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Workplace injury, the elephant on the worksite

Workplace safety is not a topic often raised in typical worksite banter, but with huge numbers of Australian men suffering from workplace illness and injury each year, perhaps it should be.

In the 2017–18 period, a staggering 306,800 men suffered a workplace injury or illness in Australia, with labourers and machinery operators the most likely to suffer.

By definition, a workplace related injury or illness is caused or aggravated by events or exposures in the work environment. It must occur on the job and as a direct result of the employee undertaking tasks required to do that particular job or travelling to and from work.

Of the 563,600 persons who experienced a work-related injury in the last 12 months, just over half (53%) received some sort of financial assistance. This is a statistic Felix Blumer, Director at Blumers Lawyers, believes can be improved.

“53% of people receiving financial assistance is a good start, however, I believe that this can be increased with more understanding around what constitutes a workplace related injury or illness and with more men coming forward to report their workplace injuries.” he says.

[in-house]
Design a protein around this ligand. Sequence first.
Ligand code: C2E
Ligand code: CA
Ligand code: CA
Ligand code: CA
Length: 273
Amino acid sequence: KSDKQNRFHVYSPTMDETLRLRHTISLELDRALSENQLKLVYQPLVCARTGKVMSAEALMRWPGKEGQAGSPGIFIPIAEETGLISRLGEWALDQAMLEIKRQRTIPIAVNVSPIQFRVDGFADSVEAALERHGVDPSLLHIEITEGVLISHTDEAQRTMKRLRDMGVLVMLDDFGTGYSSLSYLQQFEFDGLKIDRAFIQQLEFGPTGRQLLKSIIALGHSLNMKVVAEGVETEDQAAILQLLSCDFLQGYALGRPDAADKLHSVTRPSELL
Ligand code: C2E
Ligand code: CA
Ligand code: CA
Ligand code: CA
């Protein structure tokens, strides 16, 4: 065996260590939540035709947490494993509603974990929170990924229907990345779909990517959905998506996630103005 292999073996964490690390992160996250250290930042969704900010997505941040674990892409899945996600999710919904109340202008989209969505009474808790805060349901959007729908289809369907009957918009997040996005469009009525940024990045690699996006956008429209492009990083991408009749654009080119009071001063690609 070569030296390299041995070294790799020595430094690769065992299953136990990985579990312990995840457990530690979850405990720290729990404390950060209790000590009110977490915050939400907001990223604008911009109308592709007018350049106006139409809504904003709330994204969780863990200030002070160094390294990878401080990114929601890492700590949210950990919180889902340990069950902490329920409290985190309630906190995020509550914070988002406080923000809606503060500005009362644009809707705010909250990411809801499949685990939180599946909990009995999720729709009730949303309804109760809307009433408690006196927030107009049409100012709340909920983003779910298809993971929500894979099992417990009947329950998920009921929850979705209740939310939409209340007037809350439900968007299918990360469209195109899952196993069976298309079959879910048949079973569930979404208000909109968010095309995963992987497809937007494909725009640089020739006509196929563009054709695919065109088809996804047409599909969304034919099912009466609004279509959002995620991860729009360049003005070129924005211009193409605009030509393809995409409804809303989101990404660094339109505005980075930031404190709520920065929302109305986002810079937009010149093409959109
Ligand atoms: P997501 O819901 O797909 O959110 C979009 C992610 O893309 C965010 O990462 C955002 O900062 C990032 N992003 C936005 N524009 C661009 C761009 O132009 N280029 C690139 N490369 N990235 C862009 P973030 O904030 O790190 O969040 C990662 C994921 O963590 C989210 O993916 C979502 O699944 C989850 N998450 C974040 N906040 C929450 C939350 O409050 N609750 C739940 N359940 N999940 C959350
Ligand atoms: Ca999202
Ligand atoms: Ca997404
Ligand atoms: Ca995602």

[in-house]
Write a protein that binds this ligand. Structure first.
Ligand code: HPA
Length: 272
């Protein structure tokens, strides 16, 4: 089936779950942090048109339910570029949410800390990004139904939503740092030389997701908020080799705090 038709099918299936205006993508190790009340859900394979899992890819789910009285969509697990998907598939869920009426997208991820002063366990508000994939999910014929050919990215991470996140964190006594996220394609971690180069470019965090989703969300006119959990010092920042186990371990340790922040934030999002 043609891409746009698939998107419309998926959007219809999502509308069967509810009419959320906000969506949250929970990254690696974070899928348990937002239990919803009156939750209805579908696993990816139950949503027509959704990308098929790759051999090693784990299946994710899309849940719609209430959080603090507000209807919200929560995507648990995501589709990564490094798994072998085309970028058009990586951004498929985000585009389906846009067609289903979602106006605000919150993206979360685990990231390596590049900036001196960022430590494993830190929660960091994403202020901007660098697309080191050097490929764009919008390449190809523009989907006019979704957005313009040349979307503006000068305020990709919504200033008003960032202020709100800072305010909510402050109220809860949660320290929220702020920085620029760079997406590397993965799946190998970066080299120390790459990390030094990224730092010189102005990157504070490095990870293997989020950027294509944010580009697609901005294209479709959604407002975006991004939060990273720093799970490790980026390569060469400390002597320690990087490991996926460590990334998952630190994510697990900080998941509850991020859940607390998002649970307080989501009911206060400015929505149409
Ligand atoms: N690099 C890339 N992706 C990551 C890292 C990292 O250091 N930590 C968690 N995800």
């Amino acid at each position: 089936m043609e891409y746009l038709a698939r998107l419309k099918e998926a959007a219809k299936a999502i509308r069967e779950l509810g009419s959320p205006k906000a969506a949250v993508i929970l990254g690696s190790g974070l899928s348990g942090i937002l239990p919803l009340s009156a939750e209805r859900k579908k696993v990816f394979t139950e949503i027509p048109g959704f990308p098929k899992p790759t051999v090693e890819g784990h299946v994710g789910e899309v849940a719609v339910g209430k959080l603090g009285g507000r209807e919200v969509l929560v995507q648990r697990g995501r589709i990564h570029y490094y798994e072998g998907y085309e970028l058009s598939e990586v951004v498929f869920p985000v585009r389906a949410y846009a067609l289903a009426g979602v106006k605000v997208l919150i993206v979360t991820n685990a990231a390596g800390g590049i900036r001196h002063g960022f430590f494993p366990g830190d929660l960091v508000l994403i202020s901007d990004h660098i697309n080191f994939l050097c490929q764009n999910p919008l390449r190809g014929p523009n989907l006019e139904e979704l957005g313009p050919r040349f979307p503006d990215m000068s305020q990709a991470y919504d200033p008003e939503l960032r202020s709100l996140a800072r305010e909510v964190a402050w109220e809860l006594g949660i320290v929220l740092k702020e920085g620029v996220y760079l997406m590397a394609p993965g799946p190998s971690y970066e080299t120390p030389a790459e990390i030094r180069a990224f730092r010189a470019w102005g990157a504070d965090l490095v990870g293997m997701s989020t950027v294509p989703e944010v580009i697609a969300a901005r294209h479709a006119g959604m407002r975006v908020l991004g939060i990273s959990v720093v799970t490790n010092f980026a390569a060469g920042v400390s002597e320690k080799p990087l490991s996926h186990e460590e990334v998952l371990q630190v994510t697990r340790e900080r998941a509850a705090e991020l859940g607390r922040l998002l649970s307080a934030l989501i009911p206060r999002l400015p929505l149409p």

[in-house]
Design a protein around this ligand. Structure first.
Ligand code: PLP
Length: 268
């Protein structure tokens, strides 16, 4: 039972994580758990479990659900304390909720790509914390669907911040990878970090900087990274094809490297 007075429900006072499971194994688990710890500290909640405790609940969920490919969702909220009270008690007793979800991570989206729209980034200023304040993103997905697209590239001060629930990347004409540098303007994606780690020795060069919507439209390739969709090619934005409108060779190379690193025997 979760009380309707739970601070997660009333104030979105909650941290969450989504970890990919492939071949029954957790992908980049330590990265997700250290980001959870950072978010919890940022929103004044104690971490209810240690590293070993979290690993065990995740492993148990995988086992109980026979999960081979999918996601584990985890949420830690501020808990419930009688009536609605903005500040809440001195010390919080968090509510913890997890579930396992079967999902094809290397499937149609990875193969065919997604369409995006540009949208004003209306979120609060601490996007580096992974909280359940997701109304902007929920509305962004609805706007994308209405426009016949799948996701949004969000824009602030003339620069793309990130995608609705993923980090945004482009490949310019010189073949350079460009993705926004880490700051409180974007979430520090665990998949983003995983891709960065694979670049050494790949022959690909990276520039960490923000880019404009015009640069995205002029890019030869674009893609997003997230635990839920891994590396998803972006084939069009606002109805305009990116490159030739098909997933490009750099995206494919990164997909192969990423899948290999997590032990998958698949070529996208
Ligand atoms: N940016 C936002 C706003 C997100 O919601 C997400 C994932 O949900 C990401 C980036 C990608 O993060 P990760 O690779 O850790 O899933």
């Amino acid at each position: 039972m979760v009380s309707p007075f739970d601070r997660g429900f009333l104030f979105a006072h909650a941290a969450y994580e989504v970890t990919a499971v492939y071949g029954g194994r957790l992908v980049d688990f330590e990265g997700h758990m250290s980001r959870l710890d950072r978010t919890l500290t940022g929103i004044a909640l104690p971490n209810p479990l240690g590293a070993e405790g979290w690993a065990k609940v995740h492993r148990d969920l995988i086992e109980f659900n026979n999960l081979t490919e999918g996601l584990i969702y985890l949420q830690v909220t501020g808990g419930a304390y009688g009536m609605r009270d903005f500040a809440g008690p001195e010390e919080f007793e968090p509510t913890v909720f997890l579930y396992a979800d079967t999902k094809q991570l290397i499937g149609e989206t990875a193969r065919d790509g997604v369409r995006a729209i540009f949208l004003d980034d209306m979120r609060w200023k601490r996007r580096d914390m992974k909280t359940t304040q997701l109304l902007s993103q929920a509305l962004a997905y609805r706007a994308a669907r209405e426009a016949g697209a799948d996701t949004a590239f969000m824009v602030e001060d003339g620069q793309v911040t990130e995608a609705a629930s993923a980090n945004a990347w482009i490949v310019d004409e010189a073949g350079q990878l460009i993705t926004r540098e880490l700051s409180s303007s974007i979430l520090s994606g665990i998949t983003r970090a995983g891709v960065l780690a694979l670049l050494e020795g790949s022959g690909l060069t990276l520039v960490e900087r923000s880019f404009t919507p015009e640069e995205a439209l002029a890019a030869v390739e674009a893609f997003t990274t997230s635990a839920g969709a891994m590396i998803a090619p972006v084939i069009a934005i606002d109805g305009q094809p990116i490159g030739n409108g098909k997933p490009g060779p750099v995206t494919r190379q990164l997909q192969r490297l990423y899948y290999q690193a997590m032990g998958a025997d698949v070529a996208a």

The statistics also suggest that men in particular, are suffering in silence.

“Men are more likely to be injured at work than women, but men are also less likely to seek compensation.” says Blumer.

For men, labourers, machinery operators and drivers, and social and community workers are the most likely to suffer injury or illness in the workplace. The most common injuries reported include pulling, pushing, lifting or bending, with the two next most common being hitting or being hit by an object and then slips and falls.

So, despite being more likely to suffer from workplace injury and illness, why are men less likely to claim for workers compensation?

Blumer believes there are two factors at play, a lack of education around what a workplace injury or illness is, as well as an Australian cultural norm of not reporting or complaining about an illness or injury.

“I believe it is a combination of men not knowing what qualifies as a workplace injury or illness and the nature of the Australian culture of a ‘she’ll be right’ attitude.” he says.

With the median compensation amount for serious workplace illness or injury sitting at $12,400, it’s worth having the conversation with an experienced lawyer to discuss your options, especially as many claims in the ACT far exceed this amount.


Contact Blumers Personal Injury Lawyers today for a no obligation and no cost initial consult.

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